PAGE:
“…There was really almost no difference in the flowers and grasses.  But there was something else here that was not anywhere else.  It was an enormous stillness that made you feel still.  And when you were still, you could feel great stillness coming closer.

“All the little sounds of the blowing grasses and of the horses munching and whooshing in their feedbox at the back of the wagon, and even the sounds of eating and talking could not touch the enormous silence of this prairie.”

~By the Shores of Silver Lake

Okay, the prairie grasses are gone, but there is still a wind and a vastness here.  I felt it at my first stop after arriving at De Smet, at the cemetery where Ma, Pa, Mary, Carrie, Grace, and Laura’s unnamed son are buried.  I sat and looked out over the slough and listened to the wind, and then I left a penny on Mary’s gravestone, thinking of the Christmas in Little House on the Prairie, when Mr. Edwards went into town and found Santa Claus so he could bring back Christmas gifts for the girls:  candy sticks and a shiny penny for each of them.

Thursday, July 19, 2012


We spent the afternoon poking around the Lake Okoboji area, including a quick visit to Arnolds Amusement Park (oldest amusement park west of the Mississippi!) and the Iowa Rock and Roll Hall of Fame—which was interesting.  We saw one of Buddy Holly’s childhood marbles—as certified by an official form signed by his widow—and got to play an old-time jukebox as we read newspaper articles about the plane crash that killed Ritchie Valens, The Big Bopper, and Buddy Holly.  There were some bands from Iowa City inducted into the Hall of Fame, but alas, I wasn’t hanging out at the bars where they played, so they were unfamiliar to me.  Sorry I’m so lame.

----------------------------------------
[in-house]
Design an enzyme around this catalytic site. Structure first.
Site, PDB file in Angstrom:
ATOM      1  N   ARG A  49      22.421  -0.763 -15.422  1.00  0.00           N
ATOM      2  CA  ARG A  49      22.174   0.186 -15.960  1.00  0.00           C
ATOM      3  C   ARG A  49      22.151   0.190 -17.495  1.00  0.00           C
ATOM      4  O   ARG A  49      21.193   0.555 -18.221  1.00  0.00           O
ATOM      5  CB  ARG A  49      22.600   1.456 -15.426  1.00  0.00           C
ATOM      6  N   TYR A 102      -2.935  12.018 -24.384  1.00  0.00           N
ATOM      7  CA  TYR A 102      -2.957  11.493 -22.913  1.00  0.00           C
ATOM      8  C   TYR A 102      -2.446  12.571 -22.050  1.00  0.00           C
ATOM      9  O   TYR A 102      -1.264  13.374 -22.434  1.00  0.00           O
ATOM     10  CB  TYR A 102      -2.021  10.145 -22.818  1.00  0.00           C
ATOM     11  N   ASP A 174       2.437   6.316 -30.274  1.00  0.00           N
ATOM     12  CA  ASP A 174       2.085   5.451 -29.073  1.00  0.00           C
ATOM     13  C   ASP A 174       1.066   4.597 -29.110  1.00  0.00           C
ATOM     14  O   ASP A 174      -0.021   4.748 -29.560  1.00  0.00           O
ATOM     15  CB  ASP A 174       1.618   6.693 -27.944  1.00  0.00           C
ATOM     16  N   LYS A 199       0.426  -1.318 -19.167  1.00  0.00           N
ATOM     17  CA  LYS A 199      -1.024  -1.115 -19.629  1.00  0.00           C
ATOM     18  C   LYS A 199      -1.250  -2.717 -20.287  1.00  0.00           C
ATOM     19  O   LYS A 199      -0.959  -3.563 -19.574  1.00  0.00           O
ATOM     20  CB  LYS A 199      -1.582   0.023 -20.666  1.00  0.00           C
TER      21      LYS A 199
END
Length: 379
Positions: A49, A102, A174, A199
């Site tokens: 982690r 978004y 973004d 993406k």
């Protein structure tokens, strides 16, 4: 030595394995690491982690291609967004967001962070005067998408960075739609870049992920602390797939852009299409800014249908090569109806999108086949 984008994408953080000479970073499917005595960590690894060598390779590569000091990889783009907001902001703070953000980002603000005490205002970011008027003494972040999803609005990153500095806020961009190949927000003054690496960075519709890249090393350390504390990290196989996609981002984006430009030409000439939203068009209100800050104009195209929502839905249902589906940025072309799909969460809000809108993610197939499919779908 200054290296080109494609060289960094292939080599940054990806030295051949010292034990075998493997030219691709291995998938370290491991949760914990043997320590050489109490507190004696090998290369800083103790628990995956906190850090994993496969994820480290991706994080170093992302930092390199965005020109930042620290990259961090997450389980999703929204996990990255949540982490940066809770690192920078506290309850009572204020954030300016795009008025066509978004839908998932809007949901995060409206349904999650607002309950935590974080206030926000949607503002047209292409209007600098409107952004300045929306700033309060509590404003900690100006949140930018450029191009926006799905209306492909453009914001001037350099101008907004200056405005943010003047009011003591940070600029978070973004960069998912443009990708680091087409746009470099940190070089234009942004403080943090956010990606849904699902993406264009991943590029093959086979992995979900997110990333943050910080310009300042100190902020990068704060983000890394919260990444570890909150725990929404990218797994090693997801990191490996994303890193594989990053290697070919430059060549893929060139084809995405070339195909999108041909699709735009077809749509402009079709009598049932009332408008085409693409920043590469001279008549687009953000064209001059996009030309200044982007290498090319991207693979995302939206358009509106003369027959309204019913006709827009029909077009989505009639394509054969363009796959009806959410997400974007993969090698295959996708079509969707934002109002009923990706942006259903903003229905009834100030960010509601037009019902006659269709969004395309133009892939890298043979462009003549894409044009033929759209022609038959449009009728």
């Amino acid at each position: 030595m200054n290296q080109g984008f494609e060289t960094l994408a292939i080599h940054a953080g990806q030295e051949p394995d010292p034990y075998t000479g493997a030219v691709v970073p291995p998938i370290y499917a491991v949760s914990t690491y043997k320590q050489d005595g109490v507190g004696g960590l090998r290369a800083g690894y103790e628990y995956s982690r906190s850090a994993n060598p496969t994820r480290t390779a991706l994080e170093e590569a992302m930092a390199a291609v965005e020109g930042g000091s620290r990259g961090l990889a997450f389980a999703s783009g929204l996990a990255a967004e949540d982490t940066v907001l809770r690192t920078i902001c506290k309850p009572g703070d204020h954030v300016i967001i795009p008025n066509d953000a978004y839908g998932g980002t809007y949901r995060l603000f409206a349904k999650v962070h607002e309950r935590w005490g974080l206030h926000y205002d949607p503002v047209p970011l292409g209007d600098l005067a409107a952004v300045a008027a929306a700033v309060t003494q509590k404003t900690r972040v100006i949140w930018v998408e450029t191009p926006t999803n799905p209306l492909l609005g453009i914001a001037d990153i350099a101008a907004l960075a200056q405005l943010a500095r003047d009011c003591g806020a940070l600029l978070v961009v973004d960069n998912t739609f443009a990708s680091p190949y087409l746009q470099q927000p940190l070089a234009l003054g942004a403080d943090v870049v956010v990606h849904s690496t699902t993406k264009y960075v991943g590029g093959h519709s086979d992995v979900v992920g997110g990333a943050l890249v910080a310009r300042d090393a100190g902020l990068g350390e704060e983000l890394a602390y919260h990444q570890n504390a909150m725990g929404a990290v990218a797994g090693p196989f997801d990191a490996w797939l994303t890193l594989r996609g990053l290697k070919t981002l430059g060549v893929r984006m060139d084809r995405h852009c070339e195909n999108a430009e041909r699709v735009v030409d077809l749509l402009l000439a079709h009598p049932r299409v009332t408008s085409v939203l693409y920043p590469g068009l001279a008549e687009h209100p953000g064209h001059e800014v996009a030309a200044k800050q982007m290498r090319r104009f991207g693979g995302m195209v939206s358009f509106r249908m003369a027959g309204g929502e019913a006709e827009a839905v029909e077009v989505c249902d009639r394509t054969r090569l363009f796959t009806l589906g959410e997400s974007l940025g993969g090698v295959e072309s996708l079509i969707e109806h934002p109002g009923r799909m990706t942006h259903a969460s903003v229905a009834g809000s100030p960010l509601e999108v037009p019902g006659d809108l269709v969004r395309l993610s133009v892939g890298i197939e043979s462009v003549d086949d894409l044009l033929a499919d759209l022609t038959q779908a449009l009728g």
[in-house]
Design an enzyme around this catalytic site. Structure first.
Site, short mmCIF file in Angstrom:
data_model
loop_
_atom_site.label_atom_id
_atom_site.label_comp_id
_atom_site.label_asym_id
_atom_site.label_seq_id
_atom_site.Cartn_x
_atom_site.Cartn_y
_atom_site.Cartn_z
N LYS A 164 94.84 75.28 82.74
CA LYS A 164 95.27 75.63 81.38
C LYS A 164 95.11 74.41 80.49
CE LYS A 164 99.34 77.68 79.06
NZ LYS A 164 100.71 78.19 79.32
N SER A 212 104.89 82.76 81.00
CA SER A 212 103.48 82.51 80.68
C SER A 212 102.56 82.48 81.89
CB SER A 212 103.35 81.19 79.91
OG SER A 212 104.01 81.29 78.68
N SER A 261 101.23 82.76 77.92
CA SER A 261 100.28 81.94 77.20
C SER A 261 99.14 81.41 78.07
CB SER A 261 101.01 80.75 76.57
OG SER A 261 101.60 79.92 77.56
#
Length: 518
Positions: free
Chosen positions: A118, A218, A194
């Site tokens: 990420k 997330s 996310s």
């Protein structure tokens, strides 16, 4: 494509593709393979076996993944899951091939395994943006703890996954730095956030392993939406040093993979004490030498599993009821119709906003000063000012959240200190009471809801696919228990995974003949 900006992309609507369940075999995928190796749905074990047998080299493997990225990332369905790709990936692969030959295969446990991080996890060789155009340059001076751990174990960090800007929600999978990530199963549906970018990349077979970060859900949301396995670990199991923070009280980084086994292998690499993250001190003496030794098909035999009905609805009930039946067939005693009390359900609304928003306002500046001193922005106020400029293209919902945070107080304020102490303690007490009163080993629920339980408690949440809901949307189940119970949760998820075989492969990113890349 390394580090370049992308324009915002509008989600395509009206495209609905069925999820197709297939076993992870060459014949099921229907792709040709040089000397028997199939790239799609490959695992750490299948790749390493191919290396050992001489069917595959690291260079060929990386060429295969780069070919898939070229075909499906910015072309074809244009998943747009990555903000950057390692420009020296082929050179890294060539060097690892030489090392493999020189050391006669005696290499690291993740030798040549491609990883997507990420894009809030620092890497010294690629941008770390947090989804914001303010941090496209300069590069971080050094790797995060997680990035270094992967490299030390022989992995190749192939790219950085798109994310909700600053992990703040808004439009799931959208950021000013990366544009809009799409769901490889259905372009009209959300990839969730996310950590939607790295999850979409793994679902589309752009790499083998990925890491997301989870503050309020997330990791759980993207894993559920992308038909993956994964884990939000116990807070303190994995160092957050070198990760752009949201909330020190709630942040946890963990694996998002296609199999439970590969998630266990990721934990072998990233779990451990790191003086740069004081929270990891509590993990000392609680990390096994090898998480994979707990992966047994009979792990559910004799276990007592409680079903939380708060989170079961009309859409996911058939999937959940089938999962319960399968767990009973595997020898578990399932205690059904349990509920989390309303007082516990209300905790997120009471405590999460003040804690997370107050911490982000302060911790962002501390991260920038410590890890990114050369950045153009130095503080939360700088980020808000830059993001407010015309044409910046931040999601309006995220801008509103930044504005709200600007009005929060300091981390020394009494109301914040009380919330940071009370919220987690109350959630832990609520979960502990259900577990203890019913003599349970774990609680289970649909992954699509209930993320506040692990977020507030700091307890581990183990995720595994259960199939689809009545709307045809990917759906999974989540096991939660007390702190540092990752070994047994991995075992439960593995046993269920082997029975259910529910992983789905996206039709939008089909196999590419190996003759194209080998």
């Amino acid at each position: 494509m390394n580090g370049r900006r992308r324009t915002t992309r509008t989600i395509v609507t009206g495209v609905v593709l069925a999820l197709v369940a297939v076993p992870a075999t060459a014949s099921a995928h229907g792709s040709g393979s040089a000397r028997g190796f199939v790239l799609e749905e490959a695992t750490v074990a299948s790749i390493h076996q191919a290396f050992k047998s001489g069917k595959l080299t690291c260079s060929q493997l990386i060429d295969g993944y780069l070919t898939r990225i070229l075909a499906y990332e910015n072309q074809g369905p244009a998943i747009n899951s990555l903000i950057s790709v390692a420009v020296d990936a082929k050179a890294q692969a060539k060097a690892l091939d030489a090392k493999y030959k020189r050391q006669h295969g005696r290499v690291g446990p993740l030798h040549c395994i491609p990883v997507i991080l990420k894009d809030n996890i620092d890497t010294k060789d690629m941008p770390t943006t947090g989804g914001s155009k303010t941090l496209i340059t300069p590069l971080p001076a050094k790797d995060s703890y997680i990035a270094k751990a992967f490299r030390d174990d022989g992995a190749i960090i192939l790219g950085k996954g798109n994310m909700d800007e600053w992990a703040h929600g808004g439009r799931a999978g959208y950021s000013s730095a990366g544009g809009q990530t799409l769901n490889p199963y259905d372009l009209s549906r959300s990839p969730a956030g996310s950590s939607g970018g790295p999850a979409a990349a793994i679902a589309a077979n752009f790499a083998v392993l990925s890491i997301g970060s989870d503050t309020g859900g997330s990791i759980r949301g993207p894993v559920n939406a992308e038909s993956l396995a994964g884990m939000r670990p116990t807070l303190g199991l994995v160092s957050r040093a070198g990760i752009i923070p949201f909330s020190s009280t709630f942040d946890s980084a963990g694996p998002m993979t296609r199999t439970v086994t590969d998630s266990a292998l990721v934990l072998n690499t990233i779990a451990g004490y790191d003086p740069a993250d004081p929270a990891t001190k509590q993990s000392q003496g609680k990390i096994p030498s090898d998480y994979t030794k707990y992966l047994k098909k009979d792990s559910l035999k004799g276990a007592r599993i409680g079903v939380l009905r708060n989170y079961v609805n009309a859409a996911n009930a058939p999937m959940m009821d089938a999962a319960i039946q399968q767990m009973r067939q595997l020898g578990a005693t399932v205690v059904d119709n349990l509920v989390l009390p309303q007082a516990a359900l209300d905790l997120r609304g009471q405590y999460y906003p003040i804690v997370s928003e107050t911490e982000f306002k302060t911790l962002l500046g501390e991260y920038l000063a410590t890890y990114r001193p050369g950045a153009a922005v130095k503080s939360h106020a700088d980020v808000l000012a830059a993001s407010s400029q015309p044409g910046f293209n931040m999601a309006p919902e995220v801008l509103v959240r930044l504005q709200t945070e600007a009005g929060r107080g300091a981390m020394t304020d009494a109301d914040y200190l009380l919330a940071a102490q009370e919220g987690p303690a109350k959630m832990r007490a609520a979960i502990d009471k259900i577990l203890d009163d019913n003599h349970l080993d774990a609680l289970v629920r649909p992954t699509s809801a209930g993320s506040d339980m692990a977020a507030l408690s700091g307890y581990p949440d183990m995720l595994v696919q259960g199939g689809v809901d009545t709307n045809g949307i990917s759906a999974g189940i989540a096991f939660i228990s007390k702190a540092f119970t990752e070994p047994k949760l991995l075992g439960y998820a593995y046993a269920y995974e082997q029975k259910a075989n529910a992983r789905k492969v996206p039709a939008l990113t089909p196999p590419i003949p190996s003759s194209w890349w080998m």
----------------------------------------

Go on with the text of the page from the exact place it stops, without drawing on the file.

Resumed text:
I fulfilled my high school dream of acquiring a “University of Okoboji” T-shirt, which was considered just the coolest of the cool thing to wear way back when (because there’s not really such a university!)…and is still popular, according to the owner of the store where the concept was invented, The Three Sons.  I was assured that no matter where I was—“I don’t care if it’s the Panama Canal!”—that if I were wearing my University of Okoboji shirt, someone will notice say something.  Consider that gauntlet thrown!

A short rainstorm put some kinks in our plans, but since the whole state—and whole Midwest—is in a severe drought, we could hardly complain (unfortunately, probably not enough rain to help too much).  So we ended up at Goodie’s, a homemade candy store (thank you, GPS!) and bought some delicious caramel pinwheels and sour cream fudge.

After the business reception, we enjoyed some fabulous MEAT at Maxwell’s Beach Café: Iowa wagu filet for me, and juicy, succulent pork chops for Steve.  Today, it’s off to the airport for Steve and De Smet, SD, for me.  Laura Ingalls Wilder, here I come!!!

Wednesday, July 18, 2012

On the Road Around Iowa

Steve and I drove to Dyersville, Iowa, to see the famous Field of Dreams.  In case you’ve never seen the Kevin Costner movie of the same name, the gist is that he decides to build a baseball field in the middle of his cornfields…magic ensues.  This is the site where the movie was filmed, and (until recently) the owners have maintained the field on donations, leaving it pretty much as it looked in the movie. 

Magic ensues.

You don’t really see the baseball field as you approach, and then there it is!  Surrounded on three sides by tall cornstalks, with a beautiful, traditional farmhouse along the back side, it truly is a sight.  Everyone who approached (including us) seemed to relax and smile and exchange glances:  “Is this for real?”  It is.

We hung around for a while, following the basic rituals: standing at home plate, going through the bases, walking to the corn and stepping inside and emerging, the way the players did in the movie.  (And how eerie it was to watch people do that; they really did seem to come from nowhere…that corn is all-encompassing!)  We didn’t bring any balls or bats, but plenty of people did, so we watched kids and adults goof around on the field.  Then we bought a ton of souvenirs.